The Generation That Ended Childhood
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The Generation That Ended Childhood

Young people are maturing much quicker than ever before, and they're losing an important part of their development.

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The Generation That Ended Childhood
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This past semester my psychology professor posed a question to our class: does childhood still exist? I enthusiastically answered yes, easily recalling memories from my earlier years. Zoo trips, museums, playgrounds, toys and puzzles galore fueled my first couple of years in school. Mud was never a deterrent. My imagination ruled the world, and how I chose to see it. I shopped mostly at Justice and wore a lot of brown yoga pants. When I wore Crocs I made sure they were the ones I'd lovingly decorated in Jibbitz. My first phone, a Motorola metallic pink brick, was given to me in fifth grade. In sixth grade I was rocking my new braces, and the same flip phone, while I was beginning my transformation into a band nerd. By eighth grade I'd purchased my first tube of cheap mascara, which I was slowly training myself to use, and eagerly awaiting my first kiss. All these steps were preparing me to discover who I wanted to be later in life, and the beauty was in the lack of judgement I felt about my transformation. In my mind it only made sense that this type of childhood would still exist, but recently I've had a handful of experiences that brought this assumption into question.

This last week I babysat three girls, Amanda, Candice and Ruth, who are all 12 years old and in the sixth grade. For the purposes of this article I've replaced every name I use with a pseudonym. I was excited to pick them up from school and interact with them as I helped them find their way around our city.

When they arrived at my car I began to notice nuances of this generation that were not as prominent when I was growing up. They were all wearing full faces of makeup, including bronzer, eyeshadow and lipstick. As they climbed into my car they were giggling, pointing out the girls who were less done up than them. Amanda asks Candice to hold a mirror for her so she can focus on fixing her lip liner.

"See Julia? Her hair is so greasy," Ruth yells, pointing at a classmate. "Oh! But I'd love to have Michaela's skin tone though, or her eyes."

They all had iPhones, Snapchats and Instagrams. While scrolling through their feeds they would draw each others attention to various blurbs about Kylie and Kendall Jenner, new fitness tips and makeup trends.

Candice mentions her two piece dress for their upcoming middle school dance. "I'm so afraid to eat a meal this week... I want to make sure my tummy is flat when I wear my dress!" The others giggle.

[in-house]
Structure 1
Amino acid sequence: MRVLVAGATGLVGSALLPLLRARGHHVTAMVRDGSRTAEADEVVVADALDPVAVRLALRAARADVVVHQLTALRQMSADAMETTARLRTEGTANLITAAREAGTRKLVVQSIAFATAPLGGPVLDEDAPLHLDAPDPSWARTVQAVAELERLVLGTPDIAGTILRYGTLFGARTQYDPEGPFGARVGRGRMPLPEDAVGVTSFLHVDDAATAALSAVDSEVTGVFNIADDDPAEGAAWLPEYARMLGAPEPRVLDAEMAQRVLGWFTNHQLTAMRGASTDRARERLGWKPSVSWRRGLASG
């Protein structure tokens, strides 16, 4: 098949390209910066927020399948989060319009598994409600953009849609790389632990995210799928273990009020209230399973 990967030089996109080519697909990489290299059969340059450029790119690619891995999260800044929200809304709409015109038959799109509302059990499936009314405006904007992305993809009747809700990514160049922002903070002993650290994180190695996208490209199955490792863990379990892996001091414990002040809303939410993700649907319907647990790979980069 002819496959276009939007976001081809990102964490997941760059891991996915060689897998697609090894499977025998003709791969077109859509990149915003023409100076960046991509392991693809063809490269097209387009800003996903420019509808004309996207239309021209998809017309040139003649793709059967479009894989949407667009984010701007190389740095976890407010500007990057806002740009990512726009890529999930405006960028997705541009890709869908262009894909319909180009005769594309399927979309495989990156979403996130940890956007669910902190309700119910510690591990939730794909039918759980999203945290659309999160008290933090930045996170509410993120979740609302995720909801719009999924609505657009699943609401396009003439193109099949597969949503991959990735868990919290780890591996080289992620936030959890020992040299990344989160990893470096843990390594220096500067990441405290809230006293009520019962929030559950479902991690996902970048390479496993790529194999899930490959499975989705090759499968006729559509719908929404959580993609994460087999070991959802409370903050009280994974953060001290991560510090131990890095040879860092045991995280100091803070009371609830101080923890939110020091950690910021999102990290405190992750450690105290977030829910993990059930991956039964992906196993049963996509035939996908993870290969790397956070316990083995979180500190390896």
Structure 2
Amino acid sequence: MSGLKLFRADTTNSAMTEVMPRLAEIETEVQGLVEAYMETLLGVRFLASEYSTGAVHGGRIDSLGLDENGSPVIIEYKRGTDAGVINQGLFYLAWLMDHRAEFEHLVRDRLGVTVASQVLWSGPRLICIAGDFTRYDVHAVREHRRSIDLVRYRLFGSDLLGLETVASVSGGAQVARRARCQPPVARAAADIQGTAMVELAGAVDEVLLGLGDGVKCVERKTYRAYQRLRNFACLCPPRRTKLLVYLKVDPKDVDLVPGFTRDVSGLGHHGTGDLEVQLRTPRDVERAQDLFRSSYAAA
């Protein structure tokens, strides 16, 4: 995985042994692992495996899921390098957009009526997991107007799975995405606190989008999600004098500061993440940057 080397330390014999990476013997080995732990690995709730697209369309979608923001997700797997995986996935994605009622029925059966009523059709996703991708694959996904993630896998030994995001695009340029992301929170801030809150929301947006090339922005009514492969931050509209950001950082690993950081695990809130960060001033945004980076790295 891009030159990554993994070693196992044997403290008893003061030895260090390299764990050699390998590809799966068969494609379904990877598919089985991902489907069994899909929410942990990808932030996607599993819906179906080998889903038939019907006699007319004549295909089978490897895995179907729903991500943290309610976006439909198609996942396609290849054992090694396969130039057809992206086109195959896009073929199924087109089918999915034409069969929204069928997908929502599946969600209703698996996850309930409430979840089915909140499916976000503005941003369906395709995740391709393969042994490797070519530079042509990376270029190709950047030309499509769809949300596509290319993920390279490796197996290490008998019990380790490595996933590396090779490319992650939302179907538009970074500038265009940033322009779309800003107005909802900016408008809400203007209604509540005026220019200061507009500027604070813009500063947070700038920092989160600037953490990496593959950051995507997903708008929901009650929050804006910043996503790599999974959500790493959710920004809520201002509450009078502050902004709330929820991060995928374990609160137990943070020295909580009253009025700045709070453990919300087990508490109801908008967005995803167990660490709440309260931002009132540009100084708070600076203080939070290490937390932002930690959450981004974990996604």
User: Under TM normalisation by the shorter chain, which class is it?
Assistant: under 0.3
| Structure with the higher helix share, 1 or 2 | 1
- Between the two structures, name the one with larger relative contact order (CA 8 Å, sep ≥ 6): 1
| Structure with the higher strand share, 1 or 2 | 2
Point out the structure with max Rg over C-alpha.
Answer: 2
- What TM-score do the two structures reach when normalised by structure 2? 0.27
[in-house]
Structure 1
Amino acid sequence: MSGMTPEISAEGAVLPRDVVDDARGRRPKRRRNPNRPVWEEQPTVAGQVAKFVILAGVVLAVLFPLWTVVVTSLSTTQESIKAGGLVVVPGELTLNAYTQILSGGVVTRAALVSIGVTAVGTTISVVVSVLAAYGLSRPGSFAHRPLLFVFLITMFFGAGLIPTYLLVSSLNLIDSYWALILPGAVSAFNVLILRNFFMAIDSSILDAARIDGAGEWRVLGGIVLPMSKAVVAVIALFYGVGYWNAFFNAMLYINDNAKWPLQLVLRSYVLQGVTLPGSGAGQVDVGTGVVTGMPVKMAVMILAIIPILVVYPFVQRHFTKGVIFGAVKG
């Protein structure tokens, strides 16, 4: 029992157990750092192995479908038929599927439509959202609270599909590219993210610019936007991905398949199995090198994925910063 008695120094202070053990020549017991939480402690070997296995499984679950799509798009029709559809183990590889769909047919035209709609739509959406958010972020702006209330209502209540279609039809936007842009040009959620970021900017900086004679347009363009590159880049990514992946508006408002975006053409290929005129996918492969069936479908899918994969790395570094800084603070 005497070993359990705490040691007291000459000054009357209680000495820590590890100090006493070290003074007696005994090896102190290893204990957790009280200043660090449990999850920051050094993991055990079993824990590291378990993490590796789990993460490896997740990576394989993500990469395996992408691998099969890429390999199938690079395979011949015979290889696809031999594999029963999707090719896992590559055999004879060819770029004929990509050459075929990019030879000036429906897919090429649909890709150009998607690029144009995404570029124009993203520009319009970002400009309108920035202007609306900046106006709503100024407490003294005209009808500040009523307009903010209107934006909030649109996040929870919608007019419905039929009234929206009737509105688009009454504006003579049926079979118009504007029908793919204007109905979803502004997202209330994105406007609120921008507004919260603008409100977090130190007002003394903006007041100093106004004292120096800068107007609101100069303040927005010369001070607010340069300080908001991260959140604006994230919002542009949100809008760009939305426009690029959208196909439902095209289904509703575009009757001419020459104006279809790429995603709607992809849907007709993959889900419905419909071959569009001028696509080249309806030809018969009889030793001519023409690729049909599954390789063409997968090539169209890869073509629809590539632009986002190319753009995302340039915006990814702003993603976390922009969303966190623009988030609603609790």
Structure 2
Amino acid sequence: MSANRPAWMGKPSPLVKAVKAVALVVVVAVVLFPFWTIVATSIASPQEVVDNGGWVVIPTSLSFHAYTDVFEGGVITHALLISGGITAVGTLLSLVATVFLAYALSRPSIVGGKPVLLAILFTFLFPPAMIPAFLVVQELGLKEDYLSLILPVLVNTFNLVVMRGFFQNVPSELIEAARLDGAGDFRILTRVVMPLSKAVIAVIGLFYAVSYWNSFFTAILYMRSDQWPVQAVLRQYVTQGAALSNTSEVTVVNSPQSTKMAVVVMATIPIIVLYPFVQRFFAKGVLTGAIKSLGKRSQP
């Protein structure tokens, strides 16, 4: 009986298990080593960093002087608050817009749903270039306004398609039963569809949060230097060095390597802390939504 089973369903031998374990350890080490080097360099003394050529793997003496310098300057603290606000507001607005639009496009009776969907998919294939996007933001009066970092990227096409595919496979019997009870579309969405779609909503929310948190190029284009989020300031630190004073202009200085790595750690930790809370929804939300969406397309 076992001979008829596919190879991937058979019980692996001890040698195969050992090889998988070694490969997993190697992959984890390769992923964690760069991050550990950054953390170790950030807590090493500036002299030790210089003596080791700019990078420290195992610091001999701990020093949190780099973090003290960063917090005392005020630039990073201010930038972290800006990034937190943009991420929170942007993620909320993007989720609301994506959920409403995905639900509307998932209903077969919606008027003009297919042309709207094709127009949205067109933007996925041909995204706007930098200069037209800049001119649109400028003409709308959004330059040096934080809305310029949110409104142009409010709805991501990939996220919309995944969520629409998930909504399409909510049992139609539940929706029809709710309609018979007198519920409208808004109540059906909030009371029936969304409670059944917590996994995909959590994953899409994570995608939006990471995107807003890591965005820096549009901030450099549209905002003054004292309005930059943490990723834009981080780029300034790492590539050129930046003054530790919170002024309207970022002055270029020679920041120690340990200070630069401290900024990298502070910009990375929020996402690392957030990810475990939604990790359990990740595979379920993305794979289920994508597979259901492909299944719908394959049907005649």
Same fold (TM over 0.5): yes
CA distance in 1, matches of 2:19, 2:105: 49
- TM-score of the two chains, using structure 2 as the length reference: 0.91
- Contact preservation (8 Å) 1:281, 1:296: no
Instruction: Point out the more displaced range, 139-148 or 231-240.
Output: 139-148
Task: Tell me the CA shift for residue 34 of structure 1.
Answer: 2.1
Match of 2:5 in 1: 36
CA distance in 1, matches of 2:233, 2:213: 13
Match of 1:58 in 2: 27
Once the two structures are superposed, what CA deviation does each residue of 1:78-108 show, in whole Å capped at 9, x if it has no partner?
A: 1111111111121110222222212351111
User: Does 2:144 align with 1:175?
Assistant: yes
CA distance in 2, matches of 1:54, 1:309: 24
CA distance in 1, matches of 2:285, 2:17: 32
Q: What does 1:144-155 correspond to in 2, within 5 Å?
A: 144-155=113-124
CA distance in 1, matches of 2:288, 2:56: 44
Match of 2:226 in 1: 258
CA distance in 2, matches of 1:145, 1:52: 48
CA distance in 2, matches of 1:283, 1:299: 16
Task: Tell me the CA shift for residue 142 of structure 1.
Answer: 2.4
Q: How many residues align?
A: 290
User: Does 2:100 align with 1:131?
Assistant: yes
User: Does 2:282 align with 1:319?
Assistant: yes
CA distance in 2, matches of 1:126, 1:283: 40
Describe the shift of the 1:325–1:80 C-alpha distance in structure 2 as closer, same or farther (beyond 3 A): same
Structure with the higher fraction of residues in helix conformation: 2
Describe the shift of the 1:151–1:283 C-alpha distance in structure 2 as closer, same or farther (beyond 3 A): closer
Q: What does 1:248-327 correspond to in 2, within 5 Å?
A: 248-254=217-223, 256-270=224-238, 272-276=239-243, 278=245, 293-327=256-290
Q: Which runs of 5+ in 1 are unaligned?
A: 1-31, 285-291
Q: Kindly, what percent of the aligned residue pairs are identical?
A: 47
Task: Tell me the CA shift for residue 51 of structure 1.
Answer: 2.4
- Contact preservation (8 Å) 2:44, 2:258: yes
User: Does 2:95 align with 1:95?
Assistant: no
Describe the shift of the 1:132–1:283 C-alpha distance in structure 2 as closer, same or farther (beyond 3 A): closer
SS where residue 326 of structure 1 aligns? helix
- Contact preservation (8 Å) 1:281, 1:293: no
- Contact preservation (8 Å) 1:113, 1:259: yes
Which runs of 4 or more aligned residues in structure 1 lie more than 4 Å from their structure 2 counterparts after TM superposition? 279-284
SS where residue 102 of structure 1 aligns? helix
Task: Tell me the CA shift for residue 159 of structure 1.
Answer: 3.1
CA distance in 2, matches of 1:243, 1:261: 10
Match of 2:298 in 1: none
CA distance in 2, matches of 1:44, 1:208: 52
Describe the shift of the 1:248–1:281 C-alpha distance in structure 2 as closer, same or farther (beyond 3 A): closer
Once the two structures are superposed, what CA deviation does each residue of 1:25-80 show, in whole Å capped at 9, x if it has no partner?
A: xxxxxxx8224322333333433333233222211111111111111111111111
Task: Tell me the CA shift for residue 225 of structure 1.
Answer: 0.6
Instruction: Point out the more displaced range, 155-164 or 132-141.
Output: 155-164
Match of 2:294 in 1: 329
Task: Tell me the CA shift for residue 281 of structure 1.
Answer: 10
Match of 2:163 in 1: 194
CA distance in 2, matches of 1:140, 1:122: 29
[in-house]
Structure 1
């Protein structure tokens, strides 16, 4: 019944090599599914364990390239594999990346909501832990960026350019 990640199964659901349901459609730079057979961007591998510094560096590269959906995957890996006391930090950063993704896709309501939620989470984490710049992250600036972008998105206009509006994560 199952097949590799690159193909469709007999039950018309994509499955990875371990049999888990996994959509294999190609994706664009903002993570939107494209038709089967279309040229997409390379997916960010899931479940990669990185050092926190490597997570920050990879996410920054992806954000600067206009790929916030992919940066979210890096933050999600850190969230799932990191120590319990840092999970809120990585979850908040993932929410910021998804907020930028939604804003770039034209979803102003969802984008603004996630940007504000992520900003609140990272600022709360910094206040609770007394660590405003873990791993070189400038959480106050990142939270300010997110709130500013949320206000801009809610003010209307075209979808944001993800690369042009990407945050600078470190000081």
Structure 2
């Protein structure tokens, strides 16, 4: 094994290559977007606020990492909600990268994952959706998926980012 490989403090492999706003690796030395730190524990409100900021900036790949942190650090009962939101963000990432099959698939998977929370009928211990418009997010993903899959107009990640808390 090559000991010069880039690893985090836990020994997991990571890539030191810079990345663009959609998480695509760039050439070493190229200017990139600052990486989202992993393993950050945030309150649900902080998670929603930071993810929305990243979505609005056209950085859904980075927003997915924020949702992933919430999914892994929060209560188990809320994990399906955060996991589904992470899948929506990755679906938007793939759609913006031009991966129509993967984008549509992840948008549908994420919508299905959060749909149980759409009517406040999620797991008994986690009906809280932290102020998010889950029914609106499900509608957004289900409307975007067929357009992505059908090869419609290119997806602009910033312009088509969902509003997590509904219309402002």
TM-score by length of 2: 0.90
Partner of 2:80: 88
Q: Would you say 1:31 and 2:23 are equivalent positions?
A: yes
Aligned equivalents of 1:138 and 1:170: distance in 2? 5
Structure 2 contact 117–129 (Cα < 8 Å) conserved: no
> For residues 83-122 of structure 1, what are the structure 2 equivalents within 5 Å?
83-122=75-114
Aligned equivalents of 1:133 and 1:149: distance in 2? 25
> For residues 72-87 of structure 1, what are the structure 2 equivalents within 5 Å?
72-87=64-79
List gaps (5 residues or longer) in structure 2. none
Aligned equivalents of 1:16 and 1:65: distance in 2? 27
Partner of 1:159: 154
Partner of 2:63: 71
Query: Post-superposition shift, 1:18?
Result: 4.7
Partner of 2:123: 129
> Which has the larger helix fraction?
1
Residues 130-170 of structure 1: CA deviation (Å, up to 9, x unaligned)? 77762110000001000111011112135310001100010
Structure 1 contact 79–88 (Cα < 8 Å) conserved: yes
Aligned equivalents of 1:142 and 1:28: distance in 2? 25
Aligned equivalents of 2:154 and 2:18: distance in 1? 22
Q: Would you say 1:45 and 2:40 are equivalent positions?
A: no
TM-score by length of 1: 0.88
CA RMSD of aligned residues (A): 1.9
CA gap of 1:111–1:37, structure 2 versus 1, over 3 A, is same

The same girl continues talking about a boy, Cole, who she blocked on Snapchat because he was "moving too quickly." Ruth and Amanda remark on how lucky she is that all the boys are into her. They have not yet had their middle school chat regarding safe technology use.

When I park at the mall they hop out of the car and walk in without me. I locate them by calling Candice, who tells me they're in Nordstrom trying on bralettes.

Wes Anderson, a famous cinematic auteur, has a pretty reliable pattern in all of his films. Often they contain a handful of young characters who see themselves as adults. However, these characters also often misunderstand or misinterpret key adult knowledge, which tends to lead to the conflict of the story.

Interacting with these kids made me wonder if we, as a society, are raising a generation of adult-like, Wes Anderson type children.

Candice, Amanda and Ruth interact with the world as if they were full grown adults, but are still missing key conceptual understanding. They dress to the nines daily, navigate technology with ease, hold the confidence to interact in a busy city alone and, most importantly, feel they are told to do so by the media they indulge in.

Someone in their twenties, who is planning on wearing a revealing two-piece dress to an event, would theoretically understand the difference between a healthy diet with an exercise regiment and fasting. They would also hold social skills outside of Snapchat, and know how healthy relationships are formed. Theoretically, a 20 year old would understand that the Jenner sisters are not a benchmark for appearance.

We are raising a generation of apathetic young people. Now, this doesn't apply to all kids, However, I do believe this is a growing trend. We need to talk to our children. Explain how to interact without judgement, and how to be a citizen of the world safely. We should work to stop technology from raising them for us. Our children deserve better, and through them we can mold a better society.




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This article has not been reviewed by Odyssey HQ and solely reflects the ideas and opinions of the creator.
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